On the Campaign Couch with JB

On the Campaign Couch with JB

Q: The agency has its own Twitter account and some of the more junior members of staff take it in turns to Tweet. I've noticed that some of the output is juvenile (although funny) while others are more worthy (but dull). Am I worrying too much about our tone of voice or should agencies be expected among the client community to have some personality?

A: Whether or not they set out to have one, all agencies - like all people - have a personality. It may be a weak one - agencies can be nonentities too - or it may be a strong one. But however ingeniously agencies try to forge some unique proposition for themselves, however confidently the agency's chief planner plots the agency on that bi-polar grid (always in the top right hand corner where "creativity" and "commercial responsibility" meet in uncomfortable collusion), all agencies will always be differentiated through personality rather than function.

Agencies are quintessential brands; and the most successful agencies are those with the clearest, strongest brand reputations. If you're the CEO of your agency, you're also its brand custodian. And there's an assumption buried in your question that makes me think you may not be up to the job.

You seem to believe that a confusion of Tweets - funny, serious, dull, irreverent, reactionary, subversive, offensive, banal, juvenile, derivative, scabrous and potentially slanderous - is proof to the client community that your agency has some personality. And by extension, you seem to believe that without such a confusion, your agency would be personality-free. How deeply defeatist. And how wrong.

Imagine Louis Vuitton behaving like DFS. Imagine Pot Noodle doing a joint promotion with The Economist. Imagine Bentley offering a free pair of furry dice with every new Mulsanne.

Successful brands send out consonant signals. If all your juniors had a crystal clear feel for the agency they work for, so would they. Instead, you'll soon seem formless, gormless and rudderless.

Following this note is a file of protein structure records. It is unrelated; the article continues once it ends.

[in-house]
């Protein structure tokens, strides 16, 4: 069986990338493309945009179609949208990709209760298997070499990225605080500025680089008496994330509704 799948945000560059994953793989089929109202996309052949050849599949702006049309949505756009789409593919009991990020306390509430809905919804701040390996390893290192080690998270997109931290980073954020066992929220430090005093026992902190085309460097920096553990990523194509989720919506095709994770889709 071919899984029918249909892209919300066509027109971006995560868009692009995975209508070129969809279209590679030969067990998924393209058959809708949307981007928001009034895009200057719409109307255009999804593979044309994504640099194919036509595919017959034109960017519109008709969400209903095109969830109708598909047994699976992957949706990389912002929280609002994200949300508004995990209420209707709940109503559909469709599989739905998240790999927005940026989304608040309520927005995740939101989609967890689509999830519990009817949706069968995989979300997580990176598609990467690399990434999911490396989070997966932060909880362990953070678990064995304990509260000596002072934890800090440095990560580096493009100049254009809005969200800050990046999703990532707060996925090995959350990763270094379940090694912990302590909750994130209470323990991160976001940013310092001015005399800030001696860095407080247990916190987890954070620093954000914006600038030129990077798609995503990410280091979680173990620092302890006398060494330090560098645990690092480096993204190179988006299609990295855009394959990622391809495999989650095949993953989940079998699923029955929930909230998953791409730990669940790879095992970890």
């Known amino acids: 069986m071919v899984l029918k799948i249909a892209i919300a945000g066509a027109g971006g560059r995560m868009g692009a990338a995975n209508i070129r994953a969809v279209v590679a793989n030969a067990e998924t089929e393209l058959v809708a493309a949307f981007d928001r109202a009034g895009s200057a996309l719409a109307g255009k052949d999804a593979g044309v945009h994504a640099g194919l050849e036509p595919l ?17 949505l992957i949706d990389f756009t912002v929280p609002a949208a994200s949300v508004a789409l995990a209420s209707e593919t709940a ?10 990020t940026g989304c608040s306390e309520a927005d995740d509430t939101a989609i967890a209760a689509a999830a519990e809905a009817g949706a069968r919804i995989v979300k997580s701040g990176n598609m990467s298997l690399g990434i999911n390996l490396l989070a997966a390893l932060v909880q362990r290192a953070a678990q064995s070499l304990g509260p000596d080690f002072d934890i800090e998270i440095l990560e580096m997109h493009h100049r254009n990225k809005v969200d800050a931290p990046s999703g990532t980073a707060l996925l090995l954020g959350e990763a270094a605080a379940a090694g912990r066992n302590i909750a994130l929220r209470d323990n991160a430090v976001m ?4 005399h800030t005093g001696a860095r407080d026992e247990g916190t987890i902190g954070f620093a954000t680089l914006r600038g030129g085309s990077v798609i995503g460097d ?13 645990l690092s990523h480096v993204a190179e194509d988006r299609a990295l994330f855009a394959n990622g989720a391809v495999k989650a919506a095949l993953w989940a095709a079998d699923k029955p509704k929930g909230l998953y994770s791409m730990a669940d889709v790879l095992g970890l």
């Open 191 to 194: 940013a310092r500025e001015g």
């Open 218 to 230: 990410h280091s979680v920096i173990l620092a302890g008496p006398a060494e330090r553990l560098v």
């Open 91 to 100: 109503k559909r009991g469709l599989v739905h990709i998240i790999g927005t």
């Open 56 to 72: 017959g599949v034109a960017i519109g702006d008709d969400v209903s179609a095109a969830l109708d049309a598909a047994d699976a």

Q: One of the beauties of the internet is that there are billions of websites. So how come, then, that there is such a massive concentration of traffic into three or four of them?

A: Mark Earls would say Herd Instinct. And that's certainly part of it. It must be a lonely business being an only fan. No-one to do swapsies with. The enjoyment of a film in a crowded cinema is different in kind and quality from the enjoyment of that same film watched at home with only your cat for company.

But there's something else going on as well. When Bamber Gascoigne was asked how he decided whether people were famous or not, he conceded it was difficult. There's no objective measurement; it's a personal, subjective thing.

But he soon recognised that there was a common phenomenon that he called A Consensus of Subjectivity. If it's indeed true that beauty is in the eye of the beholder, then every single beholder, being a unique individual, is entitled to have a personal opinion of what constitutes beauty.

Sixty million beholders could be beholding a common object in 60 million different ways. And yet we don't.

Women come in billions of different forms. Why don't we spread our appreciations widely? But we don't. At any given time, a mysterious, unspoken conspiracy sees to it that the great majority of us agree on what is shapely and what is not. But only at any given time. Once it was The Rokeby Venus. Now it's not. There's no longer a consensus of subjectivity rooting for the Betty Grable shape - and maybe not even for Marilyn Monroe's.

And as with women, so with websites: we'll always cluster round a few.

I'm extremely proud of the above pretentious analysis and hope you enjoyed it. There may even be a little bit of truth in it. But the real answer to your question is that most websites are crap.

Q: A marketing director writes: how much should I believe media owners are listening when they say they have restructured their business to be more "client-focused" yet have never asked me what I want?

A: Media owners have always preferred talking to listening. That's because, before the internet, the only thing that media had to do was talk. Aware that times are changing fast, they've now moved reluctantly from simply talking to talking about listening. They may eventually come to realise that, if they're actually going to listen, they'll have to stop talking; but not, I suspect, very soon.

"Ask Jeremy", a collection of Jeremy Bullmore's Campaign columns, is available from Haymarket, priced £10.

Telephone: (020) 8267 4919

Jeremy Bullmore welcomes questions via campaign@haymarket.com or Campaign, 174 Hammersmith Rd, London W6 7JP